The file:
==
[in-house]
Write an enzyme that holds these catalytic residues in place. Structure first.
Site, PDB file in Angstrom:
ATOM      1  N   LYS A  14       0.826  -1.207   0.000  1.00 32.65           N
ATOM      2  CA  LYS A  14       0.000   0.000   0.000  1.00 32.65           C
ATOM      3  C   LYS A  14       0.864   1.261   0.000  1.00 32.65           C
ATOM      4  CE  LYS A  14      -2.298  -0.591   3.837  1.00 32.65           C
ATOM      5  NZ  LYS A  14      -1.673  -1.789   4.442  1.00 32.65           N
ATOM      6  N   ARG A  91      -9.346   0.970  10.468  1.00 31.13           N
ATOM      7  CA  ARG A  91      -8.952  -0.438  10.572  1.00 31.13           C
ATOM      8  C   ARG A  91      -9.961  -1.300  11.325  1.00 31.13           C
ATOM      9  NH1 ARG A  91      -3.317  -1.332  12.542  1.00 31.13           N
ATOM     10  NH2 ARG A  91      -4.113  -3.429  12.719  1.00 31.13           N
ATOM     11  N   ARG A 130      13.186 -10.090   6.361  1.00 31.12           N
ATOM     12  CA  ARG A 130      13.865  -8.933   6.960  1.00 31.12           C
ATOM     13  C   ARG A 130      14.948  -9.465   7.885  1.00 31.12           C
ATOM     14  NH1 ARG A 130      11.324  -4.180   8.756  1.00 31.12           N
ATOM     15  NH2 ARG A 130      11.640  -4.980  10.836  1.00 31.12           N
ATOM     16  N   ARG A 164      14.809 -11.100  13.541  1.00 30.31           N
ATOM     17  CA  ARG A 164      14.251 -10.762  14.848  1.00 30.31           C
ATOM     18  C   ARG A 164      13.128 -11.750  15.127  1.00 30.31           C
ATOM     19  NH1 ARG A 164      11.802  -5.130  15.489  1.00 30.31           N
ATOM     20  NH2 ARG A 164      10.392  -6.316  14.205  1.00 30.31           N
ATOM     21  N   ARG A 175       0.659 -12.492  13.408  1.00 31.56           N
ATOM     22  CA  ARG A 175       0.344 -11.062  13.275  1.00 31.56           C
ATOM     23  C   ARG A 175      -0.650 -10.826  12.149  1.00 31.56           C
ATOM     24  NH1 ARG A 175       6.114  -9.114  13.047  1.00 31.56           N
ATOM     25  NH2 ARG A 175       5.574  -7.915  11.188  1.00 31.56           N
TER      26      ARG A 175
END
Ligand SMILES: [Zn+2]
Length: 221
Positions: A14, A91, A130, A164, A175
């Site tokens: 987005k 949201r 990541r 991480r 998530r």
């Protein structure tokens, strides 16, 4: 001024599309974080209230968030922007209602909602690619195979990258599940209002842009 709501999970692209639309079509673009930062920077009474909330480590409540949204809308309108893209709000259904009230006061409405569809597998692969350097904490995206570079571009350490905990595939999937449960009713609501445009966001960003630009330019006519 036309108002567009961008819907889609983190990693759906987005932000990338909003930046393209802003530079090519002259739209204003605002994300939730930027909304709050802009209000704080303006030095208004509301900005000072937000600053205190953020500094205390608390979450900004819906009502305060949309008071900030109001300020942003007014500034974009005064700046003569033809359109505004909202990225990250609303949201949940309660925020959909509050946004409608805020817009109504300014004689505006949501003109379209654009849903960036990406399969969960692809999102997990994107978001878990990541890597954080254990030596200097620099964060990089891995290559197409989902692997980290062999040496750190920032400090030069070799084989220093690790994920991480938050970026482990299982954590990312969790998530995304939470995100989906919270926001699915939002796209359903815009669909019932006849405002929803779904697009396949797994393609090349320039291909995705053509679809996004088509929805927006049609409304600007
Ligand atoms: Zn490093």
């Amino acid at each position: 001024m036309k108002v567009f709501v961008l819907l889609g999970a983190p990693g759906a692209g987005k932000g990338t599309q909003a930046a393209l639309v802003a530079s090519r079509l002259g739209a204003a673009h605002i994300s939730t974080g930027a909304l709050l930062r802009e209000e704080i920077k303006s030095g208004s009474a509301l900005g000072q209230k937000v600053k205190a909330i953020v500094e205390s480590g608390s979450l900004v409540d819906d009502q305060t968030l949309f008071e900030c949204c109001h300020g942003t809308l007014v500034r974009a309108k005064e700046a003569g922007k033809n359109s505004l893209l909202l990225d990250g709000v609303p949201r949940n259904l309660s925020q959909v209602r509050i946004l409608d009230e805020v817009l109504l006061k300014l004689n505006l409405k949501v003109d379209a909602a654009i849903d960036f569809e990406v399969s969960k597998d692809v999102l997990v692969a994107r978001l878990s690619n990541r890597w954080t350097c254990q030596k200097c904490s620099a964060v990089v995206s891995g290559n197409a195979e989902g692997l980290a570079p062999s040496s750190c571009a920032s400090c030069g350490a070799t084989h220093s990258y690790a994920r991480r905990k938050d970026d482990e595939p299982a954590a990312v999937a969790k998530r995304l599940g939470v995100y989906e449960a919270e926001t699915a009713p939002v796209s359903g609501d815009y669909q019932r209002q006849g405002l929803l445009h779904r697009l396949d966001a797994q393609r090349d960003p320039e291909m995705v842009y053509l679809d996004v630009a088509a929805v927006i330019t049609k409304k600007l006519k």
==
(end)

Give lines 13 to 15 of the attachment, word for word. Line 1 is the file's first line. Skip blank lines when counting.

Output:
ATOM     10  NH2 ARG A  91      -4.113  -3.429  12.719  1.00 31.13           N
ATOM     11  N   ARG A 130      13.186 -10.090   6.361  1.00 31.12           N
ATOM     12  CA  ARG A 130      13.865  -8.933   6.960  1.00 31.12           C